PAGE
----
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What do I need to know about contributing money to an IRA vs. a 401(k)? Also, I thought that if I have a 401(k) plan at work that I could not contribute to an IRA as well. -- J.K.
Welcome to Retirement SavingsWe all know that saving for retirement is a very big deal, but let's face it: Retirement accounts can be intimidating. With no fewer than 11 different kinds of IRAs out there, it can be compelling to just put off setting up your retirement accounts for another day. That's a mistake, according to Stuart Ritter, a
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Why Retirement Accounts MatterThere's saving for a rainy day, and then there's saving for retirement. While you should do both (see "
Where to Put Your MoneyFiguring out which type of account to use is easier than you may think. Ritter explains: "If you're making a decision on where to put your retirement money, first and foremost save in your employer's 401(k) plan to the match. Then, if you're under age 50 (or over 50 but don't think your
IRA ConversionsThere will be times when it makes sense to convert a traditional IRA to a Roth IRA, or vise versa. If this is the case, know that it's never too late to make a conversion, even if you're already old enough to receive your required minimum distributions (RMDs). If a conversion makes sense to you, and you're thinking of converting to a Roth, it's worth marking your calendar for 2010. That's because it's the year that you'll be able to convert a traditional IRA to a Roth IRA even if you wouldn't be qualified for the Roth account. It's something worth looking into for your own situation. One of the easiest ways to figure out if a conversion is right for you is by checking out some of the online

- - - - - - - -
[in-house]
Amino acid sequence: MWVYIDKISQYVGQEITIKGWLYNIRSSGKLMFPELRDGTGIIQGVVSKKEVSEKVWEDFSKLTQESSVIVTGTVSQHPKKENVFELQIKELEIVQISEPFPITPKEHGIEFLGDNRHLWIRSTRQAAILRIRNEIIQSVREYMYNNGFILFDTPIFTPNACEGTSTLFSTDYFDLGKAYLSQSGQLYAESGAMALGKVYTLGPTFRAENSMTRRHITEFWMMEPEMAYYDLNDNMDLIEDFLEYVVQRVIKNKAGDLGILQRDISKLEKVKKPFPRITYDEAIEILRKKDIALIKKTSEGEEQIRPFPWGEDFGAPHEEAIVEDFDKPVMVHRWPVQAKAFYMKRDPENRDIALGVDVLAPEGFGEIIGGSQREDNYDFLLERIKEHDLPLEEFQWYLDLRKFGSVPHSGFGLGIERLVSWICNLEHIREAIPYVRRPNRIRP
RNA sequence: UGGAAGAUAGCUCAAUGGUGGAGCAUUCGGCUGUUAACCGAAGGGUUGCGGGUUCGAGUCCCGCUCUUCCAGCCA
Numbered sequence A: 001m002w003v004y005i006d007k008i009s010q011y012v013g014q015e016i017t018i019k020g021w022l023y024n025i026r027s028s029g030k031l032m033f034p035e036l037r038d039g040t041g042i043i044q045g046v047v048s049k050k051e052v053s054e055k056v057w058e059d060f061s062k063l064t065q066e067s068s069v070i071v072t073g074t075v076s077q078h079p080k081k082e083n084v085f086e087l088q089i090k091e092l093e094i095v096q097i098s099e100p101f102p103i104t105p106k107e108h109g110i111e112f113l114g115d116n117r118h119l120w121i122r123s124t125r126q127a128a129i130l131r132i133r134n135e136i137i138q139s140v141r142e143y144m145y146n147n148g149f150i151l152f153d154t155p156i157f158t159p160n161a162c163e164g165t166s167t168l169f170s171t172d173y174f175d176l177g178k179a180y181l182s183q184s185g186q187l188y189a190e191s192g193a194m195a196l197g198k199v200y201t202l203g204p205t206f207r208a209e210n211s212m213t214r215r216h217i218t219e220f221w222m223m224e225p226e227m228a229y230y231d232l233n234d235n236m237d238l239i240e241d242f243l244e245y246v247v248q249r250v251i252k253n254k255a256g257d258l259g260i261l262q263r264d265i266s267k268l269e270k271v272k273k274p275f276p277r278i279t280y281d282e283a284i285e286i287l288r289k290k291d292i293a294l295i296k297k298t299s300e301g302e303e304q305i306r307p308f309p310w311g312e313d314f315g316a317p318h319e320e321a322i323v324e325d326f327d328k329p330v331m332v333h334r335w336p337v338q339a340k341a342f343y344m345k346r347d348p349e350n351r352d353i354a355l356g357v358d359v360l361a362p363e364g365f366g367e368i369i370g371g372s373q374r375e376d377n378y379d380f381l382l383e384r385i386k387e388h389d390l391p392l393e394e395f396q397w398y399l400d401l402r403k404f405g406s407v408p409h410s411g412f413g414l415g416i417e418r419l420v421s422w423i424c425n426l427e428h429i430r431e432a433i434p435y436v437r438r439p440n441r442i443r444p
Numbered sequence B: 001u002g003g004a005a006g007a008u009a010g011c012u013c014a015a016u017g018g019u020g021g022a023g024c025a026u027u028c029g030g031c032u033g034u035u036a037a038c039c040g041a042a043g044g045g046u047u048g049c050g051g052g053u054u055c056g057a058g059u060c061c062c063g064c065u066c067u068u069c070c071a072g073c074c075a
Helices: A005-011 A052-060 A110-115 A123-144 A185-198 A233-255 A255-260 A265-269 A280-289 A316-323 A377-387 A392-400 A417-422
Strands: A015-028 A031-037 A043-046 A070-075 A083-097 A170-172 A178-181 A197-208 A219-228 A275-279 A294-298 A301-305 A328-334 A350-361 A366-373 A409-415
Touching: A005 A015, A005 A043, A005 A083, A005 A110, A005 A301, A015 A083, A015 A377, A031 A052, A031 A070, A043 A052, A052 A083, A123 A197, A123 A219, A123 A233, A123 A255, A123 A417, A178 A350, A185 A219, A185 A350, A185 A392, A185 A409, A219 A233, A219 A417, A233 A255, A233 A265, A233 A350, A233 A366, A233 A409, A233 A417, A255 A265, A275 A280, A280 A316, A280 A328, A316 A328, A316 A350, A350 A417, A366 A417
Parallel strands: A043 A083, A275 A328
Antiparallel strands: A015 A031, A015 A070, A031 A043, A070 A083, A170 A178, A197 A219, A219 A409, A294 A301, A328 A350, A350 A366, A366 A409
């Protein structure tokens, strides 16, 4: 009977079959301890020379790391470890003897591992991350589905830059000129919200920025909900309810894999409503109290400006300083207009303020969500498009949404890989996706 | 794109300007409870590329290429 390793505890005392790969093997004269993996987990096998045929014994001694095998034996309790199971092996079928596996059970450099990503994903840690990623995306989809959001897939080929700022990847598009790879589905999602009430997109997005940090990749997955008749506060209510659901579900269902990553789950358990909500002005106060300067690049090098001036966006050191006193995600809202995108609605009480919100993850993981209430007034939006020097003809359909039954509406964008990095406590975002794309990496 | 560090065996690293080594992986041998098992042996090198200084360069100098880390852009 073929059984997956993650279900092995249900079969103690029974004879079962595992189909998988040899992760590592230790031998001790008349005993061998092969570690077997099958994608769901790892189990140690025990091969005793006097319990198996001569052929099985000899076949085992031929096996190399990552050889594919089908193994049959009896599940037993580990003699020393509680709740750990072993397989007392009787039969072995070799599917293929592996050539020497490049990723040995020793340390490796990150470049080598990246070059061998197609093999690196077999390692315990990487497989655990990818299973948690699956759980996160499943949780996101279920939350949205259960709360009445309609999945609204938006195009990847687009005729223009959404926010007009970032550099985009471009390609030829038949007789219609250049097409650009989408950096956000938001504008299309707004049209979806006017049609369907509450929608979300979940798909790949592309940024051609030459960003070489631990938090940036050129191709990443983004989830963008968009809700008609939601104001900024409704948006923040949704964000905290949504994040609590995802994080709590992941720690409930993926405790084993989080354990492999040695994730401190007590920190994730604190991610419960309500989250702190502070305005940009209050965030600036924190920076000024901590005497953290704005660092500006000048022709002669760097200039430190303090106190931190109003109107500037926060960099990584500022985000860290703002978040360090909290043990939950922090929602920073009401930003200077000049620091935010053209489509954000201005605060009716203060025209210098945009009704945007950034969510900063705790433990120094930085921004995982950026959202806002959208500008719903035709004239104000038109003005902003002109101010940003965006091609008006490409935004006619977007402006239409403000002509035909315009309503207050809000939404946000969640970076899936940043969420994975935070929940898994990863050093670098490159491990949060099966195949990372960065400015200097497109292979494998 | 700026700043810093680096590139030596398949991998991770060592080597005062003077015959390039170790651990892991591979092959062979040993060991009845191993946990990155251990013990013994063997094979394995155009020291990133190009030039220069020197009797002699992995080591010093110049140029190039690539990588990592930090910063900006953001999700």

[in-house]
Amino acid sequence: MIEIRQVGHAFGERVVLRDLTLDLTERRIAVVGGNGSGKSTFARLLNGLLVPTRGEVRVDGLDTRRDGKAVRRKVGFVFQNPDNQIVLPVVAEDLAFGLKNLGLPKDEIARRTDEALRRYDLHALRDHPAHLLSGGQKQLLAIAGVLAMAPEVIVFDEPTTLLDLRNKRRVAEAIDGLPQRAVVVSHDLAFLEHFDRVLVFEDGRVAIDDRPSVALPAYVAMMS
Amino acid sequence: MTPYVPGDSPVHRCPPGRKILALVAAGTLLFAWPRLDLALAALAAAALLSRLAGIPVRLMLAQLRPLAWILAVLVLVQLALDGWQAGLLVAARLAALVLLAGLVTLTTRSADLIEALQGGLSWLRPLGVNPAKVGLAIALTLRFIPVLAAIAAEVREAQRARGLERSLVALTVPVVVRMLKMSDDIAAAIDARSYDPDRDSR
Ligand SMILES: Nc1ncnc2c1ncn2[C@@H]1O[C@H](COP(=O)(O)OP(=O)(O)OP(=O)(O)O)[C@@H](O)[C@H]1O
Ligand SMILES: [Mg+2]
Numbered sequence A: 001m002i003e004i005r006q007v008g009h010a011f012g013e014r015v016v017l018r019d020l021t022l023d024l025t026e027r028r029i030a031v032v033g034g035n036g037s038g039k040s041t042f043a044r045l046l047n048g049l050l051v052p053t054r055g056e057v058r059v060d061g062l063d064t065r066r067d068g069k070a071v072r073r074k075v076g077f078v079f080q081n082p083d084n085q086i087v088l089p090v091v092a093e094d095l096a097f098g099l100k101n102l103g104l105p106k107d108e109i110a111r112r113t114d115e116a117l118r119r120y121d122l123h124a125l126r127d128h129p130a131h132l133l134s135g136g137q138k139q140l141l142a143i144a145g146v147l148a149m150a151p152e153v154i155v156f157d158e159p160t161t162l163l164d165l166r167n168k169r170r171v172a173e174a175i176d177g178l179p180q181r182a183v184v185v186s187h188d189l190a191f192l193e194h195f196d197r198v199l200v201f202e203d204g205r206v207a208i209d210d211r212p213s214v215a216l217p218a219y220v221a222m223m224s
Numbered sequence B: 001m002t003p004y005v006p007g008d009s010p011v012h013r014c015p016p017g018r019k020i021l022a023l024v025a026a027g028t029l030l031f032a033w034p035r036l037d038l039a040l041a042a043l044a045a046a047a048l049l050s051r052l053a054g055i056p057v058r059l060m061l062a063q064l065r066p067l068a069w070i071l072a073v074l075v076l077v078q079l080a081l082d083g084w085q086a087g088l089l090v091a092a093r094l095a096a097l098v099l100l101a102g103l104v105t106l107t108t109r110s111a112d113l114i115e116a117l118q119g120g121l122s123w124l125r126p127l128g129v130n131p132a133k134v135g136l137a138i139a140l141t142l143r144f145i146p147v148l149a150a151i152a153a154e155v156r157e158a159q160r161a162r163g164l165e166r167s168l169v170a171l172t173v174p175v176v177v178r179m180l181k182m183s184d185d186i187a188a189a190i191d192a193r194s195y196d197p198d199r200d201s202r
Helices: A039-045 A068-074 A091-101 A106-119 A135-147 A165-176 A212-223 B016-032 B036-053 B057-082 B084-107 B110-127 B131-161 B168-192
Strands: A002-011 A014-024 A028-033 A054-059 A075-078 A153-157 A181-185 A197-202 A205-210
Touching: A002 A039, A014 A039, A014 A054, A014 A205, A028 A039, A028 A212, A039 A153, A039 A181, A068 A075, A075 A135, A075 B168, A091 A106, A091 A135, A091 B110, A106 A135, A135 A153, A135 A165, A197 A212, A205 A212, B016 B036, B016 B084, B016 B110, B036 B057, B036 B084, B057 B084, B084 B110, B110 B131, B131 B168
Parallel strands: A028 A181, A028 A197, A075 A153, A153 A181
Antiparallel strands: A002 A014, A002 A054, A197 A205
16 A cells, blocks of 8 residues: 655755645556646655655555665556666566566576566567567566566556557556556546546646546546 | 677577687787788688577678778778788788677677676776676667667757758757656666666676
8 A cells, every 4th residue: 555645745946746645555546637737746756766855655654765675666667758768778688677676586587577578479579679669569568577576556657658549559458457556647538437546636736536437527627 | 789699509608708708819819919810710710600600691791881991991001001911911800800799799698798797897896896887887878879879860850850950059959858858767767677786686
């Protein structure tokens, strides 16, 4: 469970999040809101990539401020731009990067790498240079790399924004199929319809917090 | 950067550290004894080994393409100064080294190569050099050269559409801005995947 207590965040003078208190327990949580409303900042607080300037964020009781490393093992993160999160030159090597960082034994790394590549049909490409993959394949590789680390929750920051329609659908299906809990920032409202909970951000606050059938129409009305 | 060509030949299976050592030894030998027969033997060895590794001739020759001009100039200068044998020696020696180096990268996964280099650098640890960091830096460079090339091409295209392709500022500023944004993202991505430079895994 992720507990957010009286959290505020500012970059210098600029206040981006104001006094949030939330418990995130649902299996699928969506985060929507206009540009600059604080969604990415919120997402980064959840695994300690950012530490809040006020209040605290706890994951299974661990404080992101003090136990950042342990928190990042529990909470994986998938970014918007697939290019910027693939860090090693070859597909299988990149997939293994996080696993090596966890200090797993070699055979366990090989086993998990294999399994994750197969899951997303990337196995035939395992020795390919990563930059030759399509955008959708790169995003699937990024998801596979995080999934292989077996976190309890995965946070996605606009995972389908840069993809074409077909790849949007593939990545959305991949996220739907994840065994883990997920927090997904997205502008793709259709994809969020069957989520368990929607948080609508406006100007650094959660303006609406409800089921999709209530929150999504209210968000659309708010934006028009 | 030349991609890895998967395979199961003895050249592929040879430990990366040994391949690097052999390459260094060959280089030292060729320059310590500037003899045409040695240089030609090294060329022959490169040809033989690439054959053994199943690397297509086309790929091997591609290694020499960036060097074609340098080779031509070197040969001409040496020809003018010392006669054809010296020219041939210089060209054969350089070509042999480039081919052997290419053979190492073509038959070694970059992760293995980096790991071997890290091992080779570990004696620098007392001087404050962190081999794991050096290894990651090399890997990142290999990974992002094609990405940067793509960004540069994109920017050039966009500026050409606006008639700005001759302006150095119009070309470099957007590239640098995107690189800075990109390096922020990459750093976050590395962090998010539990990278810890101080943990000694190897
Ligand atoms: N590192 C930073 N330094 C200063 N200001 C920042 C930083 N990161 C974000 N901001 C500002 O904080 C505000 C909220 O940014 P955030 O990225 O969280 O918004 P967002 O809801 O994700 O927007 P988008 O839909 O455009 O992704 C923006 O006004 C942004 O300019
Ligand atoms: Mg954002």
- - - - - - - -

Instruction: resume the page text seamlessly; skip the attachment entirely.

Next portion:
Think Amount and AccountAs important as selecting the right retirement account is, Ritter offers investors a word of advice: "How much you contribute has a much greater impact on your success than which account you're using."
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